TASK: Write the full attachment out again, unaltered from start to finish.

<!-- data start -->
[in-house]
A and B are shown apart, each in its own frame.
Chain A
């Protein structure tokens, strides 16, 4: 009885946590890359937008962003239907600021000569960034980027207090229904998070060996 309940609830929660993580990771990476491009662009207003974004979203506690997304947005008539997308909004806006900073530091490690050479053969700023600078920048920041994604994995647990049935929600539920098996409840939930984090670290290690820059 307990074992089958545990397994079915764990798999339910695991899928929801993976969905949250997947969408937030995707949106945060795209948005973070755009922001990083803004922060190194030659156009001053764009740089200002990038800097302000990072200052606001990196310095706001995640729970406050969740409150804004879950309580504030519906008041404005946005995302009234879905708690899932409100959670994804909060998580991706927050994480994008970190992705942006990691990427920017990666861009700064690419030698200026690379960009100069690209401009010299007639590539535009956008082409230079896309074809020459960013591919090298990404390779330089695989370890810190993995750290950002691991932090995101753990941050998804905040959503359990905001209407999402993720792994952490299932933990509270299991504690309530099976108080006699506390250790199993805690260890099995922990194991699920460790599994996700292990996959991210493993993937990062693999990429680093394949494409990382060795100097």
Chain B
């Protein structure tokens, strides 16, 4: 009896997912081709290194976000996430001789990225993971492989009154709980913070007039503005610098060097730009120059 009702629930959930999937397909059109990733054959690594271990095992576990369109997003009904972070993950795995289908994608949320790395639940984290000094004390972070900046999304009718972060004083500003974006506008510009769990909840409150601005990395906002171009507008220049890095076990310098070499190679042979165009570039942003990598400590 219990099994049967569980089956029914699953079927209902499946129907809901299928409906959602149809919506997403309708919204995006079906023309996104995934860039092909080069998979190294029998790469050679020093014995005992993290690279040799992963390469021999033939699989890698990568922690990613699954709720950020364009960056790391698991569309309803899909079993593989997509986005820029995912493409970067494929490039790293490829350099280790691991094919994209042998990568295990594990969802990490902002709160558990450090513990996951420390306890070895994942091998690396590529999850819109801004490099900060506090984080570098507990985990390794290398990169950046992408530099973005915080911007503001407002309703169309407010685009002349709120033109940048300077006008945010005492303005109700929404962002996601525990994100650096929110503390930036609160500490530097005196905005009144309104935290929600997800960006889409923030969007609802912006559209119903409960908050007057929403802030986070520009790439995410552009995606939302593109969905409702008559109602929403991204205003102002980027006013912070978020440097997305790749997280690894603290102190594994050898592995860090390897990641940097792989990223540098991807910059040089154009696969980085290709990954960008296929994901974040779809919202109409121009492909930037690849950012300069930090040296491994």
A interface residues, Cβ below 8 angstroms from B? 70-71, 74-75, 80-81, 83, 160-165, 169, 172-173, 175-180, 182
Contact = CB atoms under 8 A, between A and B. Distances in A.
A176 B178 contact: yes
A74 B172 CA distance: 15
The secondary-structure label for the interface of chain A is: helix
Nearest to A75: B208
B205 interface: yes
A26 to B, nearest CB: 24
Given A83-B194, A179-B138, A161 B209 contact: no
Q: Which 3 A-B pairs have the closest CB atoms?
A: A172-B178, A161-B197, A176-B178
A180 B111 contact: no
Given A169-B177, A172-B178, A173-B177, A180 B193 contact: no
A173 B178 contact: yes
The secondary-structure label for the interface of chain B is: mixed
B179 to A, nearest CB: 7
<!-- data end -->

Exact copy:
[in-house]
A and B are shown apart, each in its own frame.
Chain A
């Protein structure tokens, strides 16, 4: 009885946590890359937008962003239907600021000569960034980027207090229904998070060996 309940609830929660993580990771990476491009662009207003974004979203506690997304947005008539997308909004806006900073530091490690050479053969700023600078920048920041994604994995647990049935929600539920098996409840939930984090670290290690820059 307990074992089958545990397994079915764990798999339910695991899928929801993976969905949250997947969408937030995707949106945060795209948005973070755009922001990083803004922060190194030659156009001053764009740089200002990038800097302000990072200052606001990196310095706001995640729970406050969740409150804004879950309580504030519906008041404005946005995302009234879905708690899932409100959670994804909060998580991706927050994480994008970190992705942006990691990427920017990666861009700064690419030698200026690379960009100069690209401009010299007639590539535009956008082409230079896309074809020459960013591919090298990404390779330089695989370890810190993995750290950002691991932090995101753990941050998804905040959503359990905001209407999402993720792994952490299932933990509270299991504690309530099976108080006699506390250790199993805690260890099995922990194991699920460790599994996700292990996959991210493993993937990062693999990429680093394949494409990382060795100097």
Chain B
């Protein structure tokens, strides 16, 4: 009896997912081709290194976000996430001789990225993971492989009154709980913070007039503005610098060097730009120059 009702629930959930999937397909059109990733054959690594271990095992576990369109997003009904972070993950795995289908994608949320790395639940984290000094004390972070900046999304009718972060004083500003974006506008510009769990909840409150601005990395906002171009507008220049890095076990310098070499190679042979165009570039942003990598400590 219990099994049967569980089956029914699953079927209902499946129907809901299928409906959602149809919506997403309708919204995006079906023309996104995934860039092909080069998979190294029998790469050679020093014995005992993290690279040799992963390469021999033939699989890698990568922690990613699954709720950020364009960056790391698991569309309803899909079993593989997509986005820029995912493409970067494929490039790293490829350099280790691991094919994209042998990568295990594990969802990490902002709160558990450090513990996951420390306890070895994942091998690396590529999850819109801004490099900060506090984080570098507990985990390794290398990169950046992408530099973005915080911007503001407002309703169309407010685009002349709120033109940048300077006008945010005492303005109700929404962002996601525990994100650096929110503390930036609160500490530097005196905005009144309104935290929600997800960006889409923030969007609802912006559209119903409960908050007057929403802030986070520009790439995410552009995606939302593109969905409702008559109602929403991204205003102002980027006013912070978020440097997305790749997280690894603290102190594994050898592995860090390897990641940097792989990223540098991807910059040089154009696969980085290709990954960008296929994901974040779809919202109409121009492909930037690849950012300069930090040296491994």
A interface residues, Cβ below 8 angstroms from B? 70-71, 74-75, 80-81, 83, 160-165, 169, 172-173, 175-180, 182
Contact = CB atoms under 8 A, between A and B. Distances in A.
A176 B178 contact: yes
A74 B172 CA distance: 15
The secondary-structure label for the interface of chain A is: helix
Nearest to A75: B208
B205 interface: yes
A26 to B, nearest CB: 24
Given A83-B194, A179-B138, A161 B209 contact: no
Q: Which 3 A-B pairs have the closest CB atoms?
A: A172-B178, A161-B197, A176-B178
A180 B111 contact: no
Given A169-B177, A172-B178, A173-B177, A180 B193 contact: no
A173 B178 contact: yes
The secondary-structure label for the interface of chain B is: mixed
B179 to A, nearest CB: 7